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Effect of surfactant type and sonication energy on the electrical conductivity properties of nanocellulose-CNT nanocomposite films. / Siljander, Sanna; Keinänen, Pasi; Räty, Anna; Ramakrishnan, Karthik Ram; Tuukkanen, Sampo; Kunnari, Vesa; Harlin, Ali; Vuorinen, Jyrki; Kanerva, Mikko.

In: International Journal of Molecular Sciences, Vol. 19, No. 6, 1819, 20.06.2018.

Research output: Contribution to journalArticleScientificpeer-review

TY - JOUR

T1 - Effect of surfactant type and sonication energy on the electrical conductivity properties of nanocellulose-CNT nanocomposite films

AU - Siljander, Sanna

AU - Keinänen, Pasi

AU - Räty, Anna

AU - Ramakrishnan, Karthik Ram

AU - Tuukkanen, Sampo

AU - Kunnari, Vesa

AU - Harlin, Ali

AU - Vuorinen, Jyrki

AU - Kanerva, Mikko

PY - 2018/6/20

Y1 - 2018/6/20

N2 - We present a detailed study on the influence of sonication energy and surfactant type on the electrical conductivity of nanocellulose-carbon nanotube (NFC-CNT) nanocomposite films. The study was made using a minimum amount of processing steps, chemicals and materials, to optimize the conductivity properties of free-standing flexible nanocomposite films. In general, the NFC-CNT film preparation process is sensitive concerning the dispersing phase of CNTs into a solution with NFC. In our study, we used sonication to carry out the dispersing phase of processing in the presence of surfactant. In the final phase, the films were prepared from the dispersion using centrifugal cast molding. The solid films were analyzed regarding their electrical conductivity using a four-probe measuring technique. We also characterized how conductivity properties were enhanced when surfactant was removed from nanocomposite films; to our knowledge this has not been reported previously. The results of our study indicated that the optimization of the surfactant type clearly affected the formation of freestanding films. The effect of sonication energy was significant in terms of conductivity. Using a relatively low 16 wt. % concentration of multiwall carbon nanotubes we achieved the highest conductivity value of 8.4 S/cm for nanocellulose-CNT films ever published in the current literature. This was achieved by optimizing the surfactant type and sonication energy per dry mass. Additionally, to further increase the conductivity, we defined a preparation step to remove the used surfactant from the final nanocomposite structure.

AB - We present a detailed study on the influence of sonication energy and surfactant type on the electrical conductivity of nanocellulose-carbon nanotube (NFC-CNT) nanocomposite films. The study was made using a minimum amount of processing steps, chemicals and materials, to optimize the conductivity properties of free-standing flexible nanocomposite films. In general, the NFC-CNT film preparation process is sensitive concerning the dispersing phase of CNTs into a solution with NFC. In our study, we used sonication to carry out the dispersing phase of processing in the presence of surfactant. In the final phase, the films were prepared from the dispersion using centrifugal cast molding. The solid films were analyzed regarding their electrical conductivity using a four-probe measuring technique. We also characterized how conductivity properties were enhanced when surfactant was removed from nanocomposite films; to our knowledge this has not been reported previously. The results of our study indicated that the optimization of the surfactant type clearly affected the formation of freestanding films. The effect of sonication energy was significant in terms of conductivity. Using a relatively low 16 wt. % concentration of multiwall carbon nanotubes we achieved the highest conductivity value of 8.4 S/cm for nanocellulose-CNT films ever published in the current literature. This was achieved by optimizing the surfactant type and sonication energy per dry mass. Additionally, to further increase the conductivity, we defined a preparation step to remove the used surfactant from the final nanocomposite structure.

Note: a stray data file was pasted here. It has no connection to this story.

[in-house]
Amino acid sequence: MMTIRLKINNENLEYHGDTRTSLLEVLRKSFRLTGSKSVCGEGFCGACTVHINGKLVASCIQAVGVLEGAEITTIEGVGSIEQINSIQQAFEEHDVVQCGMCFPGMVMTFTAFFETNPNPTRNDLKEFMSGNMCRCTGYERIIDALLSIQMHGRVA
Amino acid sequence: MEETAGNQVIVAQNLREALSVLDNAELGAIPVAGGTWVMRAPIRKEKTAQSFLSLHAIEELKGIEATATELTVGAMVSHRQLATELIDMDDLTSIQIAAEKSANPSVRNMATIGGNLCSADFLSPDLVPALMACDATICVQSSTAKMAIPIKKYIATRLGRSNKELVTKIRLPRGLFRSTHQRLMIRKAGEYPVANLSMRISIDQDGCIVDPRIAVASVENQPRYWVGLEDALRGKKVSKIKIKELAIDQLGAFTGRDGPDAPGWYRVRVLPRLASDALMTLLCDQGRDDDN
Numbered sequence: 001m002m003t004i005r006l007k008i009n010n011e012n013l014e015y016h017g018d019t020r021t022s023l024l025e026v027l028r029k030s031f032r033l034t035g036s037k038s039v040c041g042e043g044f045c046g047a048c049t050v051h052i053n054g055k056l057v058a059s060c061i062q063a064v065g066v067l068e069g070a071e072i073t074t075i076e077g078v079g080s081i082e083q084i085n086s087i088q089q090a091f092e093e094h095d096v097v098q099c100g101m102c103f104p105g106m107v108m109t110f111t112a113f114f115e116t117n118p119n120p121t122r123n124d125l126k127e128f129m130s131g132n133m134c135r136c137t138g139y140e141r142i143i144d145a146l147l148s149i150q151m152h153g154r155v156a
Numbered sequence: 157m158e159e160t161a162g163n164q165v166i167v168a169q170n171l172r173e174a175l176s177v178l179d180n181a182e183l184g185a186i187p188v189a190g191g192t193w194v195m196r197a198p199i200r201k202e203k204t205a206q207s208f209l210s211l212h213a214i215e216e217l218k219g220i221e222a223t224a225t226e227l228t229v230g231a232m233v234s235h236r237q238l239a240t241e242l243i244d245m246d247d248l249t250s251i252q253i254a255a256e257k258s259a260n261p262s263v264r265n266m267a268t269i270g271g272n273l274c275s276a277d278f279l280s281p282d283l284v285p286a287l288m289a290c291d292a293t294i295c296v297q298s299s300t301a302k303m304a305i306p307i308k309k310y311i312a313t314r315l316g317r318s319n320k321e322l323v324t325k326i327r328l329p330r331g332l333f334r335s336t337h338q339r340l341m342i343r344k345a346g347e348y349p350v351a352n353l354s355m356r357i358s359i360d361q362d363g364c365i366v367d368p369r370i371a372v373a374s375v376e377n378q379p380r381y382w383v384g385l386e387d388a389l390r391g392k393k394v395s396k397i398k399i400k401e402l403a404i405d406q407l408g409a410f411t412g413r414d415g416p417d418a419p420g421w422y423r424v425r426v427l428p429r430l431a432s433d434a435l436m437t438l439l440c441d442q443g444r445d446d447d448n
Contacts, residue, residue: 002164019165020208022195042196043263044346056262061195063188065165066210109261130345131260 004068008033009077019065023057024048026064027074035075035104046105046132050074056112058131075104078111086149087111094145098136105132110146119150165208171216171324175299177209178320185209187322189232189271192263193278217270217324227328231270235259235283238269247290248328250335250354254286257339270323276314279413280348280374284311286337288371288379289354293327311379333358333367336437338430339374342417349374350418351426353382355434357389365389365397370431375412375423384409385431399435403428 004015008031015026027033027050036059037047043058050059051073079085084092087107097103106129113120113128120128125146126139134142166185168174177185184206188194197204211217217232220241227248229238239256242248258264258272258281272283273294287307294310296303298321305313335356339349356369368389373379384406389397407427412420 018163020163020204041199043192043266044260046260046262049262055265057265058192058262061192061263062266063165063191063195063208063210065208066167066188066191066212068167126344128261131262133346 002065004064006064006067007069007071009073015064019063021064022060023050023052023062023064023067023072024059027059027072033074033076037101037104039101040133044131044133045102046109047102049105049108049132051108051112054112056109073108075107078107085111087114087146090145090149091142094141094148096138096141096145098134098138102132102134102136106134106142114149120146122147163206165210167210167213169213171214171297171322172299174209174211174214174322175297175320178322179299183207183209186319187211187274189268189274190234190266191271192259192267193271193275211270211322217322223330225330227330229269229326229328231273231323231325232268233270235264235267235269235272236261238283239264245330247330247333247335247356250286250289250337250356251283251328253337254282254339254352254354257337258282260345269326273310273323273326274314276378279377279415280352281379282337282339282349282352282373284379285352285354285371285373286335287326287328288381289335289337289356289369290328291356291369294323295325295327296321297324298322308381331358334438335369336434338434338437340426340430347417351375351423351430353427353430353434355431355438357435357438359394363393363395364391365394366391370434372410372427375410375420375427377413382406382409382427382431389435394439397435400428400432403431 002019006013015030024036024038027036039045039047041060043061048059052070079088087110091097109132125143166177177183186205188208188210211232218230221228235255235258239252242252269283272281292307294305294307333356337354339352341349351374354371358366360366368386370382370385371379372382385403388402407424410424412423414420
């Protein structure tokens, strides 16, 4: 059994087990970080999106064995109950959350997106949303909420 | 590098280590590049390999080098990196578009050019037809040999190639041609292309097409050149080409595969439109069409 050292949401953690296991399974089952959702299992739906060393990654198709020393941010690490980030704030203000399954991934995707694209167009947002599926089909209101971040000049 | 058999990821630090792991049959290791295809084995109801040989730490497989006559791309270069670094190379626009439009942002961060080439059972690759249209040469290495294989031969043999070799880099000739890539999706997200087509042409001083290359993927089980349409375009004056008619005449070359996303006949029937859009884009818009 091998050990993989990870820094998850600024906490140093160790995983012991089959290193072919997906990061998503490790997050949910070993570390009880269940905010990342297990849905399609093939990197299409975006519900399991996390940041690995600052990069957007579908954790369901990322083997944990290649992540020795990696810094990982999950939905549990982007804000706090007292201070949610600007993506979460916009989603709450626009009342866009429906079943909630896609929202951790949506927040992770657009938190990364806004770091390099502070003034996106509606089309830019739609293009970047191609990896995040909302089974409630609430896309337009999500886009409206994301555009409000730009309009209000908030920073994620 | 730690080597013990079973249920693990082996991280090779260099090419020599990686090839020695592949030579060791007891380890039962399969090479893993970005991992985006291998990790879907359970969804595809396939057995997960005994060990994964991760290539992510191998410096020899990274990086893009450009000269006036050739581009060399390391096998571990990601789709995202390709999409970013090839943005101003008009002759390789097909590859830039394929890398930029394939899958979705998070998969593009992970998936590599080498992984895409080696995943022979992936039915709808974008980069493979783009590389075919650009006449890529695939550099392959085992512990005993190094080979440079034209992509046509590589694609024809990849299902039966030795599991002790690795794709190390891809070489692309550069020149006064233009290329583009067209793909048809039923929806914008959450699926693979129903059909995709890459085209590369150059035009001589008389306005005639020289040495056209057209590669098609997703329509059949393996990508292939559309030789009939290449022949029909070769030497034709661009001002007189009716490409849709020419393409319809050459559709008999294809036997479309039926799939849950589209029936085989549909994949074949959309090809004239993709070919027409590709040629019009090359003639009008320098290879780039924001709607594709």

KW - Carbon nanotubes

KW - Conductivity

KW - Nanocellulose

KW - Nanocomposite

KW - Surfactant

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U2 - 10.3390/ijms19061819

DO - 10.3390/ijms19061819

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JO - International Journal of Molecular Sciences

JF - International Journal of Molecular Sciences

SN - 1661-6596